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Returning to Teaching (Primary)

Discussion in 'Thinking of teaching' started by hulahoop79, May 31, 2020.

  1. hulahoop79

    hulahoop79 New commenter

    So I missed the dropping levels and new NC as I was dropping babies.
    In a nutshell can anyone explain what the changes in practice is? Did it marry up the EYFS and KS1 Curriculums?

    Also does anyone have experience here? I left 2015 with a brief I had a half term position in Dec. 2016. Is supply the best way to go? All wisdom is appreciated.

    I am interested in getting into SEND schools. One of the aforementioned babies is ASC and I have a lot of training in this now. So I have to be PT for him.

    I know the downsides - I taught for 10years but I miss the good stuff too. Obviously I am aware of the strange circumstances at the moment too.

    Thanks folks.
  2. Owleyes00

    Owleyes00 New commenter

    Hello. I work in a special school and I am writing a dissertation for my MA on people who want to work in SEND. Special education unfortunately just isn’t very popular, recruitment and retention in this sector is even worse than the general teaching crisis. For this reasons there are quite a lot of vacancies (not loads because there are obviously fewer schools) and in my experience you don’t need anything special qualification wise to get in just a will to work with SEND children and a bit of empathy. I didn’t have anything special before I applied, neither did the two teachers they have recruited since me. So if you want a job in a special school I would say to just a apply for one!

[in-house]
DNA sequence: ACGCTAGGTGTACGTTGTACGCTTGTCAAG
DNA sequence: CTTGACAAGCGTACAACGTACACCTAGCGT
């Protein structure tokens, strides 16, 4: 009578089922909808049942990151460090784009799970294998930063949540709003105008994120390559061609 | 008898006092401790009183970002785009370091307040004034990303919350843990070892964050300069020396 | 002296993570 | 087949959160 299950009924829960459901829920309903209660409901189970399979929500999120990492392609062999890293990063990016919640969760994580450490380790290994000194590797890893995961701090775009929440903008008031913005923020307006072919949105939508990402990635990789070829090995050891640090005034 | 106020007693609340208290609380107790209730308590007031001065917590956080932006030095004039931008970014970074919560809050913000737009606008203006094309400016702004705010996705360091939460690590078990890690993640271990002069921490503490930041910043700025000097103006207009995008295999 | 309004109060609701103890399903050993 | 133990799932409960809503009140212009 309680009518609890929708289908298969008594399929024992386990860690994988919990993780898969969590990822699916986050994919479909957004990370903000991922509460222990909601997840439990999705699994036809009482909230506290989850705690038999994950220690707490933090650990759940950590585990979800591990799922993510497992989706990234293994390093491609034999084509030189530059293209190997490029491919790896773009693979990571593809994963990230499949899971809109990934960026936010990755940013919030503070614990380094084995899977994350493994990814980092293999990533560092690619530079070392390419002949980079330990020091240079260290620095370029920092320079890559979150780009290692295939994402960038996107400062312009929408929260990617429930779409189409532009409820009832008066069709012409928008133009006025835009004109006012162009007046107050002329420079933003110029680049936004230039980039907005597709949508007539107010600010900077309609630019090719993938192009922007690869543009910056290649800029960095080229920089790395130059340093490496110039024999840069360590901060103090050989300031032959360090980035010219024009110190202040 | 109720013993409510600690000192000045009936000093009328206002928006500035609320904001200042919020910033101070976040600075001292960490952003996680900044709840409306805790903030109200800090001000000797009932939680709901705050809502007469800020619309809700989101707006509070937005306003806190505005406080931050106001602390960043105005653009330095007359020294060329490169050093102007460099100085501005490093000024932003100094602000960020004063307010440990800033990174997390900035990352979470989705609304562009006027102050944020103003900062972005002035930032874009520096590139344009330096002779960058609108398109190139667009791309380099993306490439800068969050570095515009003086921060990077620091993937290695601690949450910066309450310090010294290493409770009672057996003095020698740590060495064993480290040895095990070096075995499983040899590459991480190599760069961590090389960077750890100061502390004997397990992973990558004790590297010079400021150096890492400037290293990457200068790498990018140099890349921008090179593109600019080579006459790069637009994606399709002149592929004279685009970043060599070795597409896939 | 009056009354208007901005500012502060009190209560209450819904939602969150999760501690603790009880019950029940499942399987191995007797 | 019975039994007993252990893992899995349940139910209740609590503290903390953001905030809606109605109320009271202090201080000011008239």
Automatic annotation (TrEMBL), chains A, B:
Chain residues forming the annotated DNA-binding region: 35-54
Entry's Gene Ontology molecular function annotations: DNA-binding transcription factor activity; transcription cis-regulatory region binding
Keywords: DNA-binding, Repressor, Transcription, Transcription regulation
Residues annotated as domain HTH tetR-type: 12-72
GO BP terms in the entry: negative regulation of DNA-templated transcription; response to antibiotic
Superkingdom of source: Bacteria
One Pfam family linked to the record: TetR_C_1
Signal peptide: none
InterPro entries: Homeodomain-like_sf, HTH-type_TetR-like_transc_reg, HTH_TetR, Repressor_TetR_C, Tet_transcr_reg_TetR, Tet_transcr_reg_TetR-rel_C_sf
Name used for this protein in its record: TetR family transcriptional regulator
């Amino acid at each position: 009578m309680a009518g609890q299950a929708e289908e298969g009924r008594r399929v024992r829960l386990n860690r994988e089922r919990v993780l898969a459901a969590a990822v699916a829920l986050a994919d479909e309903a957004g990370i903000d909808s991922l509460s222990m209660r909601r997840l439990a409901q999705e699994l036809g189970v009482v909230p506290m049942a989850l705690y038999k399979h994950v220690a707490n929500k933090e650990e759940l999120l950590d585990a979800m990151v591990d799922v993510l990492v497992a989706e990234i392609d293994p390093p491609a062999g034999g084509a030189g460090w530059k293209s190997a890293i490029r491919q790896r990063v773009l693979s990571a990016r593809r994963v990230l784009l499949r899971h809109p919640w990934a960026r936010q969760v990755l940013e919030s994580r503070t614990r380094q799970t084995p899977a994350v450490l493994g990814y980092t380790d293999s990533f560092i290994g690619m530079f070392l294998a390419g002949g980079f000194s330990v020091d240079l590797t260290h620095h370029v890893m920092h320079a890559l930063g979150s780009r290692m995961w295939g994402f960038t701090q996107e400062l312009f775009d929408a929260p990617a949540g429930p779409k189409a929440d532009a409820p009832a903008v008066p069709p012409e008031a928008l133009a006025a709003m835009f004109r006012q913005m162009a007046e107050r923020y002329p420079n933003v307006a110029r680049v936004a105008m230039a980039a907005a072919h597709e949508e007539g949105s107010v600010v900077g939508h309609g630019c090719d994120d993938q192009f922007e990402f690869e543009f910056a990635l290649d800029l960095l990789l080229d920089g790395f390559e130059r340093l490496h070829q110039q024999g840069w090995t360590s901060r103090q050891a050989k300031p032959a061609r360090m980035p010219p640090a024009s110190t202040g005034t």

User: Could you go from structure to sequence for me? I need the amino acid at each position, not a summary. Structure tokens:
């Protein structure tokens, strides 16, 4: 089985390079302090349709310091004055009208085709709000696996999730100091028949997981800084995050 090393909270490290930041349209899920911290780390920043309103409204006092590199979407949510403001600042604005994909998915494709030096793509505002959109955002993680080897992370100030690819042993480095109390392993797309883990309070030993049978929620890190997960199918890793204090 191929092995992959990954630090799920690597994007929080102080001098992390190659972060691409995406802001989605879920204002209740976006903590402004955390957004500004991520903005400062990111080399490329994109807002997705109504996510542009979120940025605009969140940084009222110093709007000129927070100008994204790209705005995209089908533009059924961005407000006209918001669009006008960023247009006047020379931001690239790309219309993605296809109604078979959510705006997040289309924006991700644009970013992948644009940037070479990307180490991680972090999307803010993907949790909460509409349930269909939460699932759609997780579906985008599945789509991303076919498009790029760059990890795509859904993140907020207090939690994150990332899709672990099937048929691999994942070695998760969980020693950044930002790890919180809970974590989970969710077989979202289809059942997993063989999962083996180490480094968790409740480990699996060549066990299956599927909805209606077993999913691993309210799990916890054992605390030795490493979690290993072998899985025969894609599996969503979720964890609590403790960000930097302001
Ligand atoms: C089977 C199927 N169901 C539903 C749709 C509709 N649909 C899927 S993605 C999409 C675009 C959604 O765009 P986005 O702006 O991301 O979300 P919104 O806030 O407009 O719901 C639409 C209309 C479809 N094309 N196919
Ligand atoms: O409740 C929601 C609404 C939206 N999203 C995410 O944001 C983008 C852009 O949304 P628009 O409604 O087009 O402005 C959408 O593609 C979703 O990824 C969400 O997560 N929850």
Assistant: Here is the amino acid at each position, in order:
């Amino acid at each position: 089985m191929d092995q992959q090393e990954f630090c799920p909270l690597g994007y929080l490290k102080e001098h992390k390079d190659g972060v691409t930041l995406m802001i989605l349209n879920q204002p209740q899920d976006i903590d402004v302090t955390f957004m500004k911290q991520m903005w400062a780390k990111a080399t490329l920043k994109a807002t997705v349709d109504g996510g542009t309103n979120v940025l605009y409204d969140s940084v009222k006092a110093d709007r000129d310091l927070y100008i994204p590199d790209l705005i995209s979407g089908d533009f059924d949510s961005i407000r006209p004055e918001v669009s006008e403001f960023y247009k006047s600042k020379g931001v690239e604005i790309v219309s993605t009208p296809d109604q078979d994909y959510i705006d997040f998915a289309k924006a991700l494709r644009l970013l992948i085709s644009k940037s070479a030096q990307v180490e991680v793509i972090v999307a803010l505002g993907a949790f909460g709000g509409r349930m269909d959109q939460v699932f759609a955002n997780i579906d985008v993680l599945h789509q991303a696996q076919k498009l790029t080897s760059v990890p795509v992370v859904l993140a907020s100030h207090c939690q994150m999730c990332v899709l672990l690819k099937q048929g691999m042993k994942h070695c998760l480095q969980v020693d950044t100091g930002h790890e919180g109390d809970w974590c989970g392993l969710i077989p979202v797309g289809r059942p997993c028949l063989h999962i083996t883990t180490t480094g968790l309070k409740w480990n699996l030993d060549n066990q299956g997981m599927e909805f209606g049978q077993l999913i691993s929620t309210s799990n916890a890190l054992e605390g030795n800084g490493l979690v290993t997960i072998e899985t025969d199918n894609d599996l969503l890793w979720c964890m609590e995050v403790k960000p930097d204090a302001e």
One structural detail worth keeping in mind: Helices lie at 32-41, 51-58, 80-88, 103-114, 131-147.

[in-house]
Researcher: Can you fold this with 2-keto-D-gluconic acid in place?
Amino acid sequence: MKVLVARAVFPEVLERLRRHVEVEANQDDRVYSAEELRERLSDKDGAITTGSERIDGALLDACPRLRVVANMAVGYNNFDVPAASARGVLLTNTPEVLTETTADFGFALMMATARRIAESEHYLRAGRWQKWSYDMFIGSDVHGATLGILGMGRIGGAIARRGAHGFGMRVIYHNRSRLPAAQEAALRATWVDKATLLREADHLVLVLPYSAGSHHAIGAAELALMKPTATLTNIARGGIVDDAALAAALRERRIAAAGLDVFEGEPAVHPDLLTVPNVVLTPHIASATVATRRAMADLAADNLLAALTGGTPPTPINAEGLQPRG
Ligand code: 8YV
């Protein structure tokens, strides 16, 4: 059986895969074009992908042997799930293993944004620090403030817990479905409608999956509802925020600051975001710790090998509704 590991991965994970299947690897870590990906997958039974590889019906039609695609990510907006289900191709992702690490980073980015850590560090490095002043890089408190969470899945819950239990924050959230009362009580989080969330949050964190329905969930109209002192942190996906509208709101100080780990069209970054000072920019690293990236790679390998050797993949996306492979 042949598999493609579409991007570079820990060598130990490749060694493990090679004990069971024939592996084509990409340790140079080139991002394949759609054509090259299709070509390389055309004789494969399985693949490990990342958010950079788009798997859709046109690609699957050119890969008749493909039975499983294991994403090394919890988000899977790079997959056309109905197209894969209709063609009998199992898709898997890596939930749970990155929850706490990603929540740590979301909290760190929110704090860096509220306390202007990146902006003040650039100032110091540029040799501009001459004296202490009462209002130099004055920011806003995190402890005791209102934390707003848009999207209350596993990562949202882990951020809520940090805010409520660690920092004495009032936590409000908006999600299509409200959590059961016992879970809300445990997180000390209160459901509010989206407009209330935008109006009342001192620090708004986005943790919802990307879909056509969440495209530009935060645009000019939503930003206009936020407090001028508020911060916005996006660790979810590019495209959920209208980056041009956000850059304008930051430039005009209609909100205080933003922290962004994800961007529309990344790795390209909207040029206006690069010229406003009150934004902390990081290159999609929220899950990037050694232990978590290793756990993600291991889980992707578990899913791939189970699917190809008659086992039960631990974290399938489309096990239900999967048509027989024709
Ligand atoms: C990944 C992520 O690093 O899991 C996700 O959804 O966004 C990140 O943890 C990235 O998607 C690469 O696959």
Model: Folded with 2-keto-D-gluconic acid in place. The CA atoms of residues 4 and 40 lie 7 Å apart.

3. hulahoop79

    hulahoop79 New commenter

    Thank you for taking the time to answer. I feel very positive and you have spurred on to write this application form!
  4. Kartoshka

    Kartoshka Established commenter

    There are some changes to curriculum content. As an example off the top of my head, KS1 science is now just animals, plants and materials; no light, sound, electricity or forces.

    Levels (1C, 1B, 1A) disappeared and schools were left to their own devices to come up with a system that worked for them. Many schools have gone for something similar to EYFS (emerging, expected, exceeding), in varying degrees of complicatedness (eg. some schools have different levels within each section, like 'working towards emerging' or 'secure expected').

    Some people say EYFS and Year 1 fit together better. Personally I find there's a lot of overlap, particularly in maths, which is good for those children who need more time to get a secure grasp of the basics, but not so good for those who were already secure at the end of Reception.
  5. rolls

    rolls Occasional commenter

    As mentioned earlier there are often vacancies in special schools and they will be more interested in your autism skills than your national curriculum knowledge. If you want to enhance your qualifications a lot of masters courses / modules have a SEND emphasis.

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